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Officials in Collin County, Texas, added a “no confidence” disclaimer to the COVID-19 dashboard, reflecting the officials’ skepticism about the accuracy of state health department data. (Becker’s Hospital Review)
As of 8:00 a.m. ET Friday, the unofficial U.S. COVID-19 toll included 5,576,089 cases and 174,290 deaths, increases of 45,842 and 1,097, respectively, since Thursday and 321,211 and 7,037 from a week ago.
COVID-19 cases increased by 10% or more in a dozen states this week as compared with last week, and colleges in 17 states have reported COVID-19 cases, most related to off-campus social gatherings. (CNN)
Italy has seen a resurgence of COVID-19 cases for the first time since the country’s lockdown ended in May. (New York Times)
Pfizer and BioNTech said their COVID-19 vaccine is “on track to seek regulatory review of BNT162b2 as early as October 2020,” and published phase I trial data in a medRxiv preprint manuscript. The firms added that more than 11,000 people have been dosed in the ongoing pivotal phase II/III study, out of a planned total of 30,000.
Russian officials accused other countries of launching an “information war” against its vaccine. (Newsweek)
Walgreens and CVS are encouraging early flu vaccination because of expected high demand and potential complications from COVID-19. (UPI)
Whether a person lives or dies of COVID-19 infection depends more on social factors — particularly race — than on medical or scientific factors. (CNN)
American Airlines asked a federal judge to dismiss a class-action lawsuit by passengers seeking refunds for flights they canceled because of COVID-19, instead of waiting for the airline to cancel them. (Fox News)
Sen. Bill Cassidy, MD (R-La.), is the latest member of Congress to test positive for the novel coronavirus. (CNBC)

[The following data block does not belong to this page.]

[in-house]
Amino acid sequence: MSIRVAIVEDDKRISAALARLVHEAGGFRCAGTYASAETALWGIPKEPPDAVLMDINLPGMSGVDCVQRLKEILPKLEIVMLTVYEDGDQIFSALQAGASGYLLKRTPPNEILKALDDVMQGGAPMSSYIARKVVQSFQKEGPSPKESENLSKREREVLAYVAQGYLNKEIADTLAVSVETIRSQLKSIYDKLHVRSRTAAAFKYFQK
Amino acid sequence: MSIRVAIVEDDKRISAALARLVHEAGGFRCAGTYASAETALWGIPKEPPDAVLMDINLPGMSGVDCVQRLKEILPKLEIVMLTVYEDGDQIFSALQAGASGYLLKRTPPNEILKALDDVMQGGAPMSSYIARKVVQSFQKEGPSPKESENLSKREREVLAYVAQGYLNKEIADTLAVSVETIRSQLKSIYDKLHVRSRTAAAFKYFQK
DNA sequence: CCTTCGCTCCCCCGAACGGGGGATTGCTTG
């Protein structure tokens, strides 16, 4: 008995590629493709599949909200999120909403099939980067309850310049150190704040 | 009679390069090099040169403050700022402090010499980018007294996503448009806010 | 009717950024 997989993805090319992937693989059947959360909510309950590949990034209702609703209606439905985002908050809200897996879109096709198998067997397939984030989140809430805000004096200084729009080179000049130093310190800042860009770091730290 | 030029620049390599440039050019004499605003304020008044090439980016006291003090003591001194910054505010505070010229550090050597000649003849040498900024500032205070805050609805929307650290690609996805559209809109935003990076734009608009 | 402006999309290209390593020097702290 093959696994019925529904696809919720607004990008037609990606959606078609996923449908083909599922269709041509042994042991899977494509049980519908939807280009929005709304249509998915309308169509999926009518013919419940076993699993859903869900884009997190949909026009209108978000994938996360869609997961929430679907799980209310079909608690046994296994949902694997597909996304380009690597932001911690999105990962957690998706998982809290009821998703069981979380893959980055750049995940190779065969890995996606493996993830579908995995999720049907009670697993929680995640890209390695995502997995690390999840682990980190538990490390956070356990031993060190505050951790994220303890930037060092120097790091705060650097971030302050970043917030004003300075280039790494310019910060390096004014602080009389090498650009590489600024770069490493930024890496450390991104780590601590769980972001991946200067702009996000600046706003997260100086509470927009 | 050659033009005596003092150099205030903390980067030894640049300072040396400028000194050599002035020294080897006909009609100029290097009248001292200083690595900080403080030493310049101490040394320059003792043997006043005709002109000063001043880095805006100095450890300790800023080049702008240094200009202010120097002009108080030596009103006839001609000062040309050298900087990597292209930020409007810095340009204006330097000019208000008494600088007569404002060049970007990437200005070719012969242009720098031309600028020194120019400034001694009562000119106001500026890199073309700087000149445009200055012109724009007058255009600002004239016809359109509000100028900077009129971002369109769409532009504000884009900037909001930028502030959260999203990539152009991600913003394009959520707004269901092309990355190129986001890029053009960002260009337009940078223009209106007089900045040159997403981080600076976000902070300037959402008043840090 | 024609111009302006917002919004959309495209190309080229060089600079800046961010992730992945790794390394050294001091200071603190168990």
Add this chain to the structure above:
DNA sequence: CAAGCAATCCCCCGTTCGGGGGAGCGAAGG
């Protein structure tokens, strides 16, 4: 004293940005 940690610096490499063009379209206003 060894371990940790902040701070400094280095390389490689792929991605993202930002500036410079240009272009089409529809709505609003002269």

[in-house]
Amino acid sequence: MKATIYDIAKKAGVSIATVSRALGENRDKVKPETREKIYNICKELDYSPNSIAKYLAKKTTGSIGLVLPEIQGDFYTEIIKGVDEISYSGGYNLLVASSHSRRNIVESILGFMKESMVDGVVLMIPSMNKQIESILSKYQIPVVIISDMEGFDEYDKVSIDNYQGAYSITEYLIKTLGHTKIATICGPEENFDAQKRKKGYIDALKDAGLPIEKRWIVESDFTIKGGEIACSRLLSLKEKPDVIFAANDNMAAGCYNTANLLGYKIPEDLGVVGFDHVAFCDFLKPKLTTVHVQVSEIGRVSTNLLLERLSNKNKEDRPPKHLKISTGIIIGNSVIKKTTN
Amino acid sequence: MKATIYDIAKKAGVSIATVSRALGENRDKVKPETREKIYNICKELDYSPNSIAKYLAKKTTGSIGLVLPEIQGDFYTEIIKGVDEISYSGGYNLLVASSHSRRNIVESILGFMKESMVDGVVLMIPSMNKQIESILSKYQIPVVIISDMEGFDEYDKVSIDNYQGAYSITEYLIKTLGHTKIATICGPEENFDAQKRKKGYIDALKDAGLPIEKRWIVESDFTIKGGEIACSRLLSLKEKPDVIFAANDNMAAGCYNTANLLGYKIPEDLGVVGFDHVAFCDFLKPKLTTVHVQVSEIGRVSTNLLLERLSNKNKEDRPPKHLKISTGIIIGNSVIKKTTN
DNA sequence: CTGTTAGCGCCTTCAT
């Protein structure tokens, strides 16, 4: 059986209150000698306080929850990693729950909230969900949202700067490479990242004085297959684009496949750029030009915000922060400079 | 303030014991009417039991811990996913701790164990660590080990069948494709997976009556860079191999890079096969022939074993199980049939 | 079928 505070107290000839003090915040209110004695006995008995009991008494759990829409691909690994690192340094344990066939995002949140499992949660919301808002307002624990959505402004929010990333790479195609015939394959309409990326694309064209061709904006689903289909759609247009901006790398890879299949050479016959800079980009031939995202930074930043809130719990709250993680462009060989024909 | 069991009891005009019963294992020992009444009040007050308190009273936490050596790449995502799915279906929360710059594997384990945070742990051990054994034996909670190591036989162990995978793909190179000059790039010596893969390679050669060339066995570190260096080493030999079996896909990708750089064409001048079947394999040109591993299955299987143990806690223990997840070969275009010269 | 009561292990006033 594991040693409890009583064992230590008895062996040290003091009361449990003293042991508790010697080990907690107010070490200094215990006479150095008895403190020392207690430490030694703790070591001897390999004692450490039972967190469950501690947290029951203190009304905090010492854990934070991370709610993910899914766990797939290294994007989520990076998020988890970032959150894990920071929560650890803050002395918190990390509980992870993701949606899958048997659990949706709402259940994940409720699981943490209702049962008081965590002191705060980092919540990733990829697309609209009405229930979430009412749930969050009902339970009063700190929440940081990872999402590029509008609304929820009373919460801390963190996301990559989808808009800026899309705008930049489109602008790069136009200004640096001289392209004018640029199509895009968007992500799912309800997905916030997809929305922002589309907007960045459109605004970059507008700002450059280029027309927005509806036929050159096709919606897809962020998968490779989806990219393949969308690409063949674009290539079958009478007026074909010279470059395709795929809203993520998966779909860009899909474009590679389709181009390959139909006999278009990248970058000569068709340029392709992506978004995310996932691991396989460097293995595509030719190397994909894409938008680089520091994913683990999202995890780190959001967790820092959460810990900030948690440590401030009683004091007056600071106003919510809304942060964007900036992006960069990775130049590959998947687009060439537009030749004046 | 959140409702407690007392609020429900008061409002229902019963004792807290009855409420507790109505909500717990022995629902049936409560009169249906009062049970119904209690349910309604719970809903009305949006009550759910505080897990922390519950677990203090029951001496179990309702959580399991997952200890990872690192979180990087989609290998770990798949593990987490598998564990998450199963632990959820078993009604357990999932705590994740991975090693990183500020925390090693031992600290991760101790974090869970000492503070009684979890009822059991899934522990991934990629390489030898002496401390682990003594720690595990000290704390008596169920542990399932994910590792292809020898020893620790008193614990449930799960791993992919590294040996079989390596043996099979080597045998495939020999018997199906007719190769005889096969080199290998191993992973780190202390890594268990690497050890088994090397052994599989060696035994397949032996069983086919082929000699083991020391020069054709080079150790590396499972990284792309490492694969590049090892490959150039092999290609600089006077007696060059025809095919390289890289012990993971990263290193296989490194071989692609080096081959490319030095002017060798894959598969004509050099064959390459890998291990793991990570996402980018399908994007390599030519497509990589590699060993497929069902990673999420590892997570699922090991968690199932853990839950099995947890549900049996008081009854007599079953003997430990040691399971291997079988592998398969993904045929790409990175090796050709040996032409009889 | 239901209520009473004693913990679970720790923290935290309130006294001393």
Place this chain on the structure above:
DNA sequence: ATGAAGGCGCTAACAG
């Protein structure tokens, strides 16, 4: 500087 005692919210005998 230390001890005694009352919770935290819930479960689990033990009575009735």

NPR takes a look at how the pandemic has “upended the daily work of Congress” since the first members tested positive in March.
Even imperfect COVID-19 tests may help control the pandemic. (STAT)
A surgeon’s reflection on his COVID-19 infection confirms once again that doctors make the worst patients. (JAMA Otolaryngology — Head & Neck Surgery)
In other news:
- GlaxoSmithKline launched a direct-to-consumer campaign for its shingles vaccine. (Fierce Pharma)
- The number of breast implant-related cases of anaplastic large-cell lymphoma increased to 733 and the number of deaths to 36 in the FDA’s latest update on the topic.
- Bayer will pay $1.6 billion to settle U.S. lawsuits related to its Essure birth-control device. (Reuters)
- Randomized trials are still needed to determine which patients will benefit from robotic surgery for benign gynecologic conditions, according to an updated opinion from the American College of Obstetricians & Gynecologists.
- Washington Football Team head coach Ron Rivera confirmed that he has squamous cell skin cancer but still plans to coach during upcoming NFL season. (ESPN)